My triple climb up Mt. Washington to honor those stricken with Alzheimer’s
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Yes, I was dealing with some rather large numbers on The Longest Day — numbers that seemed a little extreme to anyone who heard them. But, in the end, a very small number proved to be the biggest of all. The number three.
There were three families I honored with my triple-climb of Mount Washington, each impacted harshly by Alzheimer’s disease or Lewy Body Dementia. And, in a way that really amazed me, those three families made all the other numbers pale in comparison. They turned the Northeast’s tallest mountain into a molehill.
One climb for the Humes. One climb for the Murphys. One climb for the Fitzgeralds. Each family has inspired me far beyond my daily work at the Alzheimer’s Association. In a very profound way , these families embody strength through adversity and courage in the face of loss. In their honor, I sought to make my Mount Washington challenge especially difficult, perhaps even too difficult to complete. From my understanding, that was the whole point of The Longest Day.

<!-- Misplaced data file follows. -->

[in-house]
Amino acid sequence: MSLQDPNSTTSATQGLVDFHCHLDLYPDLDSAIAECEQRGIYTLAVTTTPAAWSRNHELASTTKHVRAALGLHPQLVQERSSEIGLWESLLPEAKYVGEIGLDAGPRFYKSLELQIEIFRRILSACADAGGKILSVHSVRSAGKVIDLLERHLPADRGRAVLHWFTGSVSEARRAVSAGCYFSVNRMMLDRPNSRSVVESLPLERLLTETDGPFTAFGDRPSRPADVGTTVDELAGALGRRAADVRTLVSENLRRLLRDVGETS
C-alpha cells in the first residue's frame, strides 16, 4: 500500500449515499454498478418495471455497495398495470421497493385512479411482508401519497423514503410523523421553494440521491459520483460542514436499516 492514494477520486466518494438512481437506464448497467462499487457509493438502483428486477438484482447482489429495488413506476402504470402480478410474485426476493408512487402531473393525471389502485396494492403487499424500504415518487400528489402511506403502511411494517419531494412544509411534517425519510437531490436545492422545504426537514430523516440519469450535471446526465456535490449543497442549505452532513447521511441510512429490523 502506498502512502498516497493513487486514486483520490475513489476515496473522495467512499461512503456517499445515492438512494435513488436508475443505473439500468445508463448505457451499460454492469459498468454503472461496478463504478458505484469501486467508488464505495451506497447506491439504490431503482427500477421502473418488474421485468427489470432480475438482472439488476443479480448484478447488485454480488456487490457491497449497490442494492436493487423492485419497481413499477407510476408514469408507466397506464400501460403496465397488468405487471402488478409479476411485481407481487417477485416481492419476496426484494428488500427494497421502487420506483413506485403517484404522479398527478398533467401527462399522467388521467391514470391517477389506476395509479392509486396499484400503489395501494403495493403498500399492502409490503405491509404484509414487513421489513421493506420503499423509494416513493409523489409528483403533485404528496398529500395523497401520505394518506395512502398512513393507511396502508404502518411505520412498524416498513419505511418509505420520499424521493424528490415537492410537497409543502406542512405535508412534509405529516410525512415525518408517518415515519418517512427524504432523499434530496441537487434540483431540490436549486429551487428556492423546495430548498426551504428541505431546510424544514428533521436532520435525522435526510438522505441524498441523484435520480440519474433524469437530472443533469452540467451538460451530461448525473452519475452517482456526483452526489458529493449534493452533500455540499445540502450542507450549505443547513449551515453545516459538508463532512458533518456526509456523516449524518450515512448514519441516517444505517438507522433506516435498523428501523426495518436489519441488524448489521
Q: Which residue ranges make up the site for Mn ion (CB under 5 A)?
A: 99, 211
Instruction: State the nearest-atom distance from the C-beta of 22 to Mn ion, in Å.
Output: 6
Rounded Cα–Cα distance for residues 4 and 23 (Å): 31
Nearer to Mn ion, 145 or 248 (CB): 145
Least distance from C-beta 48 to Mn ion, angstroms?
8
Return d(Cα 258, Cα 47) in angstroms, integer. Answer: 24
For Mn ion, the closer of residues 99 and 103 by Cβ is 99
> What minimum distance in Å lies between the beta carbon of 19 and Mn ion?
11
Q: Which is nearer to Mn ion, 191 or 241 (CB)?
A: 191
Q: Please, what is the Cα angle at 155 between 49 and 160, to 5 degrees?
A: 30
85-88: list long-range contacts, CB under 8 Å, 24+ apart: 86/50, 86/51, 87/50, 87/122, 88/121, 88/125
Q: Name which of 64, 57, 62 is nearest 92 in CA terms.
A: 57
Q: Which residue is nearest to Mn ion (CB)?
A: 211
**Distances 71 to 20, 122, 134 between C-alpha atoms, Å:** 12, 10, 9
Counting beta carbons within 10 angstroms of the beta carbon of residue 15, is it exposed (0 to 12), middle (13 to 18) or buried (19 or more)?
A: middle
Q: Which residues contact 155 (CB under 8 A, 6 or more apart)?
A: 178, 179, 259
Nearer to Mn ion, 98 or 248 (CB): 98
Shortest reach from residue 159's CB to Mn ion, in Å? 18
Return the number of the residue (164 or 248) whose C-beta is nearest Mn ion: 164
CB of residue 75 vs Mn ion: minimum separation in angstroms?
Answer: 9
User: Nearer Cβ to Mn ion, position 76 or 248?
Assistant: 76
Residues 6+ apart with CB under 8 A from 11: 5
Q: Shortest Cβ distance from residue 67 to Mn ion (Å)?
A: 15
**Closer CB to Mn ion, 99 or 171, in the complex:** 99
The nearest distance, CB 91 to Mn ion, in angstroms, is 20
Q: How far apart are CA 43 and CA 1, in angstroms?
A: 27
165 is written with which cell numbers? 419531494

Individuals were asked to partake in a sunrise-to-sunset activity that would honor those who face Alzheimer’s with strength, endurance, and passion. My hike was designed to test those very qualities in myself. Would I have the strength to conquer such an exhausting challenge? The endurance to push my body beyond its limits? The passion to continue when I wanted to quit? I wanted to face the questions of the caregiver.
During the hike, I kept waiting for the sheer exhaustion to set in. I was sure that the fatigue would paralyze me at some point. It was only a matter of time before I “hit the wall” and struggled to take another step. But, to my disbelief, that point never came.
For all 16 hours, my determination remained unbroken. For all 26.4 miles, I hiked with an intensity I’ve very rarely experienced. For all 12,750 feet, I was driven by love. In fact, I was so driven by love that my third climb of Mount Washington was my fastest of the day. And my final quarter-mile ended with a euphoric sprint to the parking lot. On The Longest Day, I simply never got tired. When I finished, I felt like I could have gone back and hiked the mountain another 3 times.